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These are the Most Millennial Baby Names

September 14, 2023 laurawattenberg 7 Comments

These are the Most Millennial Baby Names

September 14, 2023 LauraWattenberg 7 Comments

Meet the Queen and King of a Generation

Image showing the word Millennials with GenX and GenZ on either side. Under the word Millennials is a pile of names including Ashley, Megan, Cody, Courtney and Amber

Every generation has its own look and sound. Distinctive clothing, hair, music, movies…and baby names. What names define millennials?

The Millennial Generation

The Americans we call millennials were born from 1981 to 1996. That covers a lot of cultural ground, from Dolly Parton’s 9 to 5 to the Macarena. Yet there’s enough shared experience and outlook to make the generational identity meaningful.

Which baby names best capture that identity? I’ve identified the names that were most disproportionally popular from 1981-96, with a bonus for large numbers born.

The Queen and King of the Millennials are:

Brittany and Justin.

The pairing feels right, doesn’t it? Can’t you picture the two together in your mind? (Perhaps in the form of young stars-to-be Britney Spears and Justin Timberlake as “Mouseketeers.” Spears and Timberlake were both born in 1981.) Browse the rest of the oh-so-millennial list for a fuller generational portrait.

Most-Millennial Girls’ NamesMost-Millennial Boys’ Names
#1BrittanyJustin
#2AshleyKyle
#3AmberDustin
#4MeganCody
#5CourtneyTaylor
#6DanielleCasey
#7Tiffany 
#8Chelsea
#9Whitney
#10Lindsey
#11Krystal
#12Brittney
#13Kelsey
#14Cassandra
#15Sheena
#16Caitlin
#17Casey
#18Rachael
#19Lacey
#20Alisha

Chelsea and Kelsey; Brittney and Whitney; Casey and Lacey; Justin and Dustin. That’s the sound of an era. The patterns are even stronger than they appear, because I included only one spelling for each sound. Variations like Kasey and Lacy are just as millennial.

If the boys’ list seems short, that’s another sign we’re looking at a generation of adults. In the 20th Century, boys’ names were steadier and less trend-driven than girls’. That has started to change. When the time comes to tally the defining names of the next generation, expect to see more evenly balanced lists.

For now, though, it’s female names that best represent their times. So Ashley, Megan, Amber, Courtney, take a bow. You are the millennial generation.

LauraWattenberg
LauraWattenberg

Namerology founder and "Baby Name Wizard" author Laura Wattenberg is a globally recognized name expert, known for her scientific approach to understanding name trends and culture.

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7 Comments

  • Christian S. September 14, 2023 at 7:49 pm

    This post surprised me with how those names are a reflection to this generation. If I have to add some extras for the boys; I can picture Michael and John as going steady for Millennial boys as well, as far as I know. And perhaps with other names like Zachary, Christopher, Tyler, Christian, Matthew, Joshua, Ryan, and Nicholas. I wonder if some of those names are also reflected on millennial cusper generations like Xennials and Zillennials, too?

  • Penguinmom September 15, 2023 at 6:14 pm

    As someone born in the first 5 years of the Millennial generation, I can confirm that Christopher, Matthew, Joshua, and John were pretty ubiquitous. But after looking at the NameGrapher, John and Christopher are multigenerational – particularly John.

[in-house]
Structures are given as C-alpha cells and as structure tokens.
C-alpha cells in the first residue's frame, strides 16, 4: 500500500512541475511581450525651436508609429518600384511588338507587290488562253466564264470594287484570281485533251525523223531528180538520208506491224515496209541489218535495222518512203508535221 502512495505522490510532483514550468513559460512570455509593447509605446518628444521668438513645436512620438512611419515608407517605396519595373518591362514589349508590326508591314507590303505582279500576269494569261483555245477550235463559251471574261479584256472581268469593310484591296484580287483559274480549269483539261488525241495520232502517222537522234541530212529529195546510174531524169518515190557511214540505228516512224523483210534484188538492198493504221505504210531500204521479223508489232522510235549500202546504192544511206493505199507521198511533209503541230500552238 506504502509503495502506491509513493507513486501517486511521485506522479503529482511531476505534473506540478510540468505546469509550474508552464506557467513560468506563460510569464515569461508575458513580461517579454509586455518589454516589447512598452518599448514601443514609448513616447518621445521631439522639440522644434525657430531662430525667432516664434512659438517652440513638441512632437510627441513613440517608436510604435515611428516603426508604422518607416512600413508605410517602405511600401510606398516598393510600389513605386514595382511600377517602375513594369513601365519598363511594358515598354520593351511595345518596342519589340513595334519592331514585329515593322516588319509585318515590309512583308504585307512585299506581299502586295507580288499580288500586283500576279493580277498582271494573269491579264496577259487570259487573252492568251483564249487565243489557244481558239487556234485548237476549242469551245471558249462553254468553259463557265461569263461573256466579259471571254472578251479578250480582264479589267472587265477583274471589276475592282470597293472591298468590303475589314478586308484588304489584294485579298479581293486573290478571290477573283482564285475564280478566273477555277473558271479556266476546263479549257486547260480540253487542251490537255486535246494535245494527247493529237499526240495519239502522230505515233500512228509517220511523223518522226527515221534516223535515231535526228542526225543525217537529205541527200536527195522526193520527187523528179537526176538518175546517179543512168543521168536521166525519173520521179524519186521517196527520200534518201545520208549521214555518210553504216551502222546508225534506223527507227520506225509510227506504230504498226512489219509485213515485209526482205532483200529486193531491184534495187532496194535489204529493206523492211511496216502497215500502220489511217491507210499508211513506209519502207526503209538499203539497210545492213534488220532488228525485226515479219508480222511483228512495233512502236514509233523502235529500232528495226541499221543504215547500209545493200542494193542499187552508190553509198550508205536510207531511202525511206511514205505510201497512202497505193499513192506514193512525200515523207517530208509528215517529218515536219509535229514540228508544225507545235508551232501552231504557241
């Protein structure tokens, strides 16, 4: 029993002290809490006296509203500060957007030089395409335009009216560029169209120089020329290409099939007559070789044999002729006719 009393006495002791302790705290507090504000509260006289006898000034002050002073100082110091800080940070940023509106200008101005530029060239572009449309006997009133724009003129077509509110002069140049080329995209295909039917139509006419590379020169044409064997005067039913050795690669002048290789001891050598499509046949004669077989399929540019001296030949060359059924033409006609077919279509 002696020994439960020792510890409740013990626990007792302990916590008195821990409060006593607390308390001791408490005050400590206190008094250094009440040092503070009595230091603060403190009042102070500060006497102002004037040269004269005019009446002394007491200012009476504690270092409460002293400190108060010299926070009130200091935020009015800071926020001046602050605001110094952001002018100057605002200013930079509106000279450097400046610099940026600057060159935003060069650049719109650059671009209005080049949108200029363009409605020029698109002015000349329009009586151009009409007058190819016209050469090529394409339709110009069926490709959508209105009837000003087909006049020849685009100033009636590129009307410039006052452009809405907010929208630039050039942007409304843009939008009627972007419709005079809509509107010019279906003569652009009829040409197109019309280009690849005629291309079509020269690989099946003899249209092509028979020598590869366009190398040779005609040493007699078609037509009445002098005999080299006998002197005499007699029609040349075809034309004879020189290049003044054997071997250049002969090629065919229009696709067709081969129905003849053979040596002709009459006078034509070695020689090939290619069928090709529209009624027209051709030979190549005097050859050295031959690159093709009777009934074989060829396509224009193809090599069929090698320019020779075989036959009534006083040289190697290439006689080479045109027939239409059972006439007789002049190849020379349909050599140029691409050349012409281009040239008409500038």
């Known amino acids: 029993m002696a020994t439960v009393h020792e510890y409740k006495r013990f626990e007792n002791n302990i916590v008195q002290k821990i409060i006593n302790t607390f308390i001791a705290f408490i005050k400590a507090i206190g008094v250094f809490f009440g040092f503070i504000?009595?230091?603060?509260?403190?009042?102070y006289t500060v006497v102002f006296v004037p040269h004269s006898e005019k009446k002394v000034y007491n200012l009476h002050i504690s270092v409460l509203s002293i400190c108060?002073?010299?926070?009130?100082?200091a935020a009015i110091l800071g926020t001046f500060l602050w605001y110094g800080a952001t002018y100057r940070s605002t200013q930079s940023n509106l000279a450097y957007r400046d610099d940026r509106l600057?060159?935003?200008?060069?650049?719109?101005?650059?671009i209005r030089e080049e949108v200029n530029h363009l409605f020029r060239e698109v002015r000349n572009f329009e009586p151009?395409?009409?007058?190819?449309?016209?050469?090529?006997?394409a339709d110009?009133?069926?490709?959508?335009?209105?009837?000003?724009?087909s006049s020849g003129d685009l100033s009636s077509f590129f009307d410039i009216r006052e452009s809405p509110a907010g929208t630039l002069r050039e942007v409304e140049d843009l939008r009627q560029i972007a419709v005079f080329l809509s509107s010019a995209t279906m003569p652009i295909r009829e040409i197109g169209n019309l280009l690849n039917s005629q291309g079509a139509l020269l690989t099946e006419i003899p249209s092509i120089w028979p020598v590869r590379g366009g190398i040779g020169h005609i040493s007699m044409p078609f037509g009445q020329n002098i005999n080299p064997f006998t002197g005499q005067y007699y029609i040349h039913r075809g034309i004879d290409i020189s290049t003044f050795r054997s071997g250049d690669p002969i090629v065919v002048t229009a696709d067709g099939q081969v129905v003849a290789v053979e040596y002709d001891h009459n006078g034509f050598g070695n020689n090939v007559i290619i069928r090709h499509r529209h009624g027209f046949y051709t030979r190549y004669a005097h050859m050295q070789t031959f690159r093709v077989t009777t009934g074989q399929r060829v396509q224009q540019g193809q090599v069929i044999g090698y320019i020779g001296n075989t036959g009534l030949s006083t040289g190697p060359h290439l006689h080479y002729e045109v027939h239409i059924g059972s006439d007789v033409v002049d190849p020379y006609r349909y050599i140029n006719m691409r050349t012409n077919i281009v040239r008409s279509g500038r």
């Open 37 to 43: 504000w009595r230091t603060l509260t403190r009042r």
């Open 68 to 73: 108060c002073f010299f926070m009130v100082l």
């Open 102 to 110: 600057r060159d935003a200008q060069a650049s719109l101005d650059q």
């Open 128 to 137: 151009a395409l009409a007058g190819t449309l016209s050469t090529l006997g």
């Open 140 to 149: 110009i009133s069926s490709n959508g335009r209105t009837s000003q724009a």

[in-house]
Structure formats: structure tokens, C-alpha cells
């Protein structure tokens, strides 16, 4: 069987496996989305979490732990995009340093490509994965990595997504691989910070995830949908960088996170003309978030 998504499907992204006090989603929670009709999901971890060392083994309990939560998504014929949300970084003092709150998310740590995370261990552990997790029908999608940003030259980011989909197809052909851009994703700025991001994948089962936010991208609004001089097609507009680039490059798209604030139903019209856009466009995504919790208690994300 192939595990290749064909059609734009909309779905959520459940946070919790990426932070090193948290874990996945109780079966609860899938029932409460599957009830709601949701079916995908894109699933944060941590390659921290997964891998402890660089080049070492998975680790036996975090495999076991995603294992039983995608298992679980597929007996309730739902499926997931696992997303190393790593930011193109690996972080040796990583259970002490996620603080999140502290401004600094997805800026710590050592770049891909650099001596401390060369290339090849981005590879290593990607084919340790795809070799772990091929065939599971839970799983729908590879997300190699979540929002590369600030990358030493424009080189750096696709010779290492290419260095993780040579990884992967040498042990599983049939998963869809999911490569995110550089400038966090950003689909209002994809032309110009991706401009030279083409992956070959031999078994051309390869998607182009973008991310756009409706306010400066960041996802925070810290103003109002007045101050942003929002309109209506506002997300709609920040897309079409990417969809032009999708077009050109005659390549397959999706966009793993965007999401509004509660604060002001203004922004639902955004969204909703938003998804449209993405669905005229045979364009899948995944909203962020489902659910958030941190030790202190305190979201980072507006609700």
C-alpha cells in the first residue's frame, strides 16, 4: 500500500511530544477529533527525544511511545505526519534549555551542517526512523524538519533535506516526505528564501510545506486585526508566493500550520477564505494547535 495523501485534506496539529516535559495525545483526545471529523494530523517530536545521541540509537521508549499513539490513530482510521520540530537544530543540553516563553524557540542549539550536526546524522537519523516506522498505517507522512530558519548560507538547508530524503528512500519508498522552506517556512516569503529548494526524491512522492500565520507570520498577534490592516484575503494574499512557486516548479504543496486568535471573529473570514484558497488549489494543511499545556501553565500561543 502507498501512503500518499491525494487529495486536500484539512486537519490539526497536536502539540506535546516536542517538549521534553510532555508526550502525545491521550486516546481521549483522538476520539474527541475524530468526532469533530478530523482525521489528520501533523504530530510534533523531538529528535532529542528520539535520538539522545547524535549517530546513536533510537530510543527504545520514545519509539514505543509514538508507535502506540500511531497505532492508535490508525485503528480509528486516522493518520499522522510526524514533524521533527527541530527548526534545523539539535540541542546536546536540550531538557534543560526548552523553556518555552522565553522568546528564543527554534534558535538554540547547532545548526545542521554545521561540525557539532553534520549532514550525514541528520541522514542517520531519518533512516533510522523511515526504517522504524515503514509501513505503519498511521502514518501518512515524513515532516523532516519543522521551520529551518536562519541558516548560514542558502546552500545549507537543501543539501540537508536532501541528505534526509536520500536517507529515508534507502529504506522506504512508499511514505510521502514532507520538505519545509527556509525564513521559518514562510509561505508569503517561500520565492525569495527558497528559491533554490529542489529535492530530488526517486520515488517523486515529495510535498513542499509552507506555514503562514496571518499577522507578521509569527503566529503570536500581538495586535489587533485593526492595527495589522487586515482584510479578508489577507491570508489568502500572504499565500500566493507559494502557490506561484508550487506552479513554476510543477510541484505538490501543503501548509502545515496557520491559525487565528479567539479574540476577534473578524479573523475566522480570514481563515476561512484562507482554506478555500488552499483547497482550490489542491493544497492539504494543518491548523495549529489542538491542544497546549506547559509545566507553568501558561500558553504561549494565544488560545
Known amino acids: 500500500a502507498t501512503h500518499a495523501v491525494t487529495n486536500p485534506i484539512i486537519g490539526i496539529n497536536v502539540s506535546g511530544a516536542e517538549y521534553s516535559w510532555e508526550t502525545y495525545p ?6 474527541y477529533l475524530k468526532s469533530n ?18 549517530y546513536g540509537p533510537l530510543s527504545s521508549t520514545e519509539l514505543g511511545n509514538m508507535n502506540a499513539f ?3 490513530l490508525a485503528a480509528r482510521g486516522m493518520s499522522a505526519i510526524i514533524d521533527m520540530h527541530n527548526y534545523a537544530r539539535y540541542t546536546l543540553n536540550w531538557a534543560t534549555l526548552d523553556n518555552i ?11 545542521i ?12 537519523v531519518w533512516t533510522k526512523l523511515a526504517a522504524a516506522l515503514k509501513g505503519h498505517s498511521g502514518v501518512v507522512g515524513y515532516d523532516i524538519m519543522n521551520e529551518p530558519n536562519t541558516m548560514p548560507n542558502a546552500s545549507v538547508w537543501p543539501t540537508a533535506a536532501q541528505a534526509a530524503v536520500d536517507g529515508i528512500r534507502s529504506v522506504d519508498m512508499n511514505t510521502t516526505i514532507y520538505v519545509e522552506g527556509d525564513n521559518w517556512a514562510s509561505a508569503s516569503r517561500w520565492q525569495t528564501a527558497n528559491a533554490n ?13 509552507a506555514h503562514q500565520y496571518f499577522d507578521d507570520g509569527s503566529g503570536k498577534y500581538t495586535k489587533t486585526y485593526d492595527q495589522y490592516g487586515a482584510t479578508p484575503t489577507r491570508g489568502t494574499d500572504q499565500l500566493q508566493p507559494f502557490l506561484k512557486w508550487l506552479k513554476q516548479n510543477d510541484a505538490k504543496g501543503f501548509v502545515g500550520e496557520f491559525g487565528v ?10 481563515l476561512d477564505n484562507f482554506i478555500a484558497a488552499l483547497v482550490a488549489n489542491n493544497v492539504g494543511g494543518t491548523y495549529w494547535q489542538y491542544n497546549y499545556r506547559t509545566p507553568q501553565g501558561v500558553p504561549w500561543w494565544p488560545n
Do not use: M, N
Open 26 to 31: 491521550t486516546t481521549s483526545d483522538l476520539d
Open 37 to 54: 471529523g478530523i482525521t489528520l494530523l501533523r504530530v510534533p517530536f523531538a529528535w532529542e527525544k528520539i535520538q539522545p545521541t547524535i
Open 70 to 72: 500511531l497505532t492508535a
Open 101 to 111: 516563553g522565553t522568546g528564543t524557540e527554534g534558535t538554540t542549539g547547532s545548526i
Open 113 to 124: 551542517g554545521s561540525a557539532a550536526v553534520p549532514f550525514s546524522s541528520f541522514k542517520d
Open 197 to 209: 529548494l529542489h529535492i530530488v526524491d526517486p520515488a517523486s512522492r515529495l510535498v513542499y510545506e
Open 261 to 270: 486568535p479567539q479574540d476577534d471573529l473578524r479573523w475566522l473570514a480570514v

Matthew and Joshua actually have surprisingly similarly shaped graphs as Justin, and were even more popular. I suspect, though, that because they’re bible names, they sound less trendy?

    Though one trendy name I was surprised didn’t make the list is Jessica. Maybe it’s too niche Xennial?

    • LauraWattenberg
      LauraWattenberg September 15, 2023 at 8:05 pm

      @Penguinmom, yes, Matthew, Joshua and Jessica came close to making the list! They were all enormously popular during the Millennial generation, but a little bit too popular pre- and post- to qualify as “oh-so-millennial.” 🙂

  • HungarianNameGeek
    HungarianNameGeek September 17, 2023 at 1:16 pm

    I’m somewhat surprised that Megan made the list, because (a) I’m about half a generation older than millennial, but had many Megans (in various spellings) as classmates, and (b) of the two Megans in my current acquaintance, one is in high school.

    (I am not at all surprised by Justin. Of the three male millennials in my immediate acquaintance [that I can think of], two are named Justin.)

    • Clara September 17, 2023 at 4:33 pm

      I was also surprised by how high Megan ranked, but because I’m several years younger than millennial and still knew a bunch of Megans/ Meghans. It was probably the most popular girl’s name in my school after Emily and Emma.

  • Penguinmom September 22, 2023 at 7:41 pm

    I was looking at the NameGraphs for some of the names in Laura’s list, and came across an interesting pattern:
    Names that contain “yl”.

    It seems like it started as a mid-late Millenial trend with Kayla, Taylor, Kyle, and Taylor, but as those names declined, myriad other less-popular names using those two letters together became popular in Gen Z (Dylan being an exception in popularity). It’s interesting comparing the “Total” vs “Compare” charts, too – it really shows how it became less about the names and more about the sound, which I’m pretty sure is a subset of the ‘liquid name’ sound that Laura has written about for years now.

  • Kenny December 13, 2023 at 3:16 am

    As someone born in 1980, I was sure this was going to be Michael/Matthew on the boys side, and Jennifer/Jessica on the girls side. When I saw this list, I immediately thought of people several years younger than me – but I suppose that’s the core millennial! (I suppose I’m really the “Oregon Trail generation” or whatever we’re calling it these days).

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